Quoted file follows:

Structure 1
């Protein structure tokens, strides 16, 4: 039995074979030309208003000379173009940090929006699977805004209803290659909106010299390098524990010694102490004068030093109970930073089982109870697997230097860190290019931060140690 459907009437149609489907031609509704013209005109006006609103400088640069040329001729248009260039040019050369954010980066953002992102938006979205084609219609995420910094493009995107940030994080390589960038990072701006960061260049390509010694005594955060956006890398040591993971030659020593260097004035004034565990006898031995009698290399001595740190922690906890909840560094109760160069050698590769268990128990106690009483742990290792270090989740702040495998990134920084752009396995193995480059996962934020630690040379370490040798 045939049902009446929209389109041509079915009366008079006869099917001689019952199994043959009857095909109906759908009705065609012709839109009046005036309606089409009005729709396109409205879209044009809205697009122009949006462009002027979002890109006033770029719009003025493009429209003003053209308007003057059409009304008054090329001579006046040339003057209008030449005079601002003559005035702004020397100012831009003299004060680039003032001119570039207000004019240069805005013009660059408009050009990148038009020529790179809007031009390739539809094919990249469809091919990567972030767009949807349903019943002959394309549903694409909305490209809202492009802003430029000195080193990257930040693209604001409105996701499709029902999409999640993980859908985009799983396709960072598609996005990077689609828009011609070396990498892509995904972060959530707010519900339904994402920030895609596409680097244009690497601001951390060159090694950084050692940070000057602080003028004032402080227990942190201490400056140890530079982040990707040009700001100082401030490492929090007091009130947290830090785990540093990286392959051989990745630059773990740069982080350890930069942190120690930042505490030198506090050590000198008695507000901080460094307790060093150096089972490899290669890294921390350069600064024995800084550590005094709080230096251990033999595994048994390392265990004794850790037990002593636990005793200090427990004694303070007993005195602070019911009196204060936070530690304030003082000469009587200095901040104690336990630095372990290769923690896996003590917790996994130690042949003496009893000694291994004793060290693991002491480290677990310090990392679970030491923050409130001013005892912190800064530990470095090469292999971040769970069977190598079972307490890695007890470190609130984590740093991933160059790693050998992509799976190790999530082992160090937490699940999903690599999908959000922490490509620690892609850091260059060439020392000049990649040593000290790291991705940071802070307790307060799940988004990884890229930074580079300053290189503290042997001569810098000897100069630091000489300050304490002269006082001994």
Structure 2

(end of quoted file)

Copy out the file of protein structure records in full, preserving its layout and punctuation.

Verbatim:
Structure 1
């Protein structure tokens, strides 16, 4: 039995074979030309208003000379173009940090929006699977805004209803290659909106010299390098524990010694102490004068030093109970930073089982109870697997230097860190290019931060140690 459907009437149609489907031609509704013209005109006006609103400088640069040329001729248009260039040019050369954010980066953002992102938006979205084609219609995420910094493009995107940030994080390589960038990072701006960061260049390509010694005594955060956006890398040591993971030659020593260097004035004034565990006898031995009698290399001595740190922690906890909840560094109760160069050698590769268990128990106690009483742990290792270090989740702040495998990134920084752009396995193995480059996962934020630690040379370490040798 045939049902009446929209389109041509079915009366008079006869099917001689019952199994043959009857095909109906759908009705065609012709839109009046005036309606089409009005729709396109409205879209044009809205697009122009949006462009002027979002890109006033770029719009003025493009429209003003053209308007003057059409009304008054090329001579006046040339003057209008030449005079601002003559005035702004020397100012831009003299004060680039003032001119570039207000004019240069805005013009660059408009050009990148038009020529790179809007031009390739539809094919990249469809091919990567972030767009949807349903019943002959394309549903694409909305490209809202492009802003430029000195080193990257930040693209604001409105996701499709029902999409999640993980859908985009799983396709960072598609996005990077689609828009011609070396990498892509995904972060959530707010519900339904994402920030895609596409680097244009690497601001951390060159090694950084050692940070000057602080003028004032402080227990942190201490400056140890530079982040990707040009700001100082401030490492929090007091009130947290830090785990540093990286392959051989990745630059773990740069982080350890930069942190120690930042505490030198506090050590000198008695507000901080460094307790060093150096089972490899290669890294921390350069600064024995800084550590005094709080230096251990033999595994048994390392265990004794850790037990002593636990005793200090427990004694303070007993005195602070019911009196204060936070530690304030003082000469009587200095901040104690336990630095372990290769923690896996003590917790996994130690042949003496009893000694291994004793060290693991002491480290677990310090990392679970030491923050409130001013005892912190800064530990470095090469292999971040769970069977190598079972307490890695007890470190609130984590740093991933160059790693050998992509799976190790999530082992160090937490699940999903690599999908959000922490490509620690892609850091260059060439020392000049990649040593000290790291991705940071802070307790307060799940988004990884890229930074580079300053290189503290042997001569810098000897100069630091000489300050304490002269006082001994």
Structure 2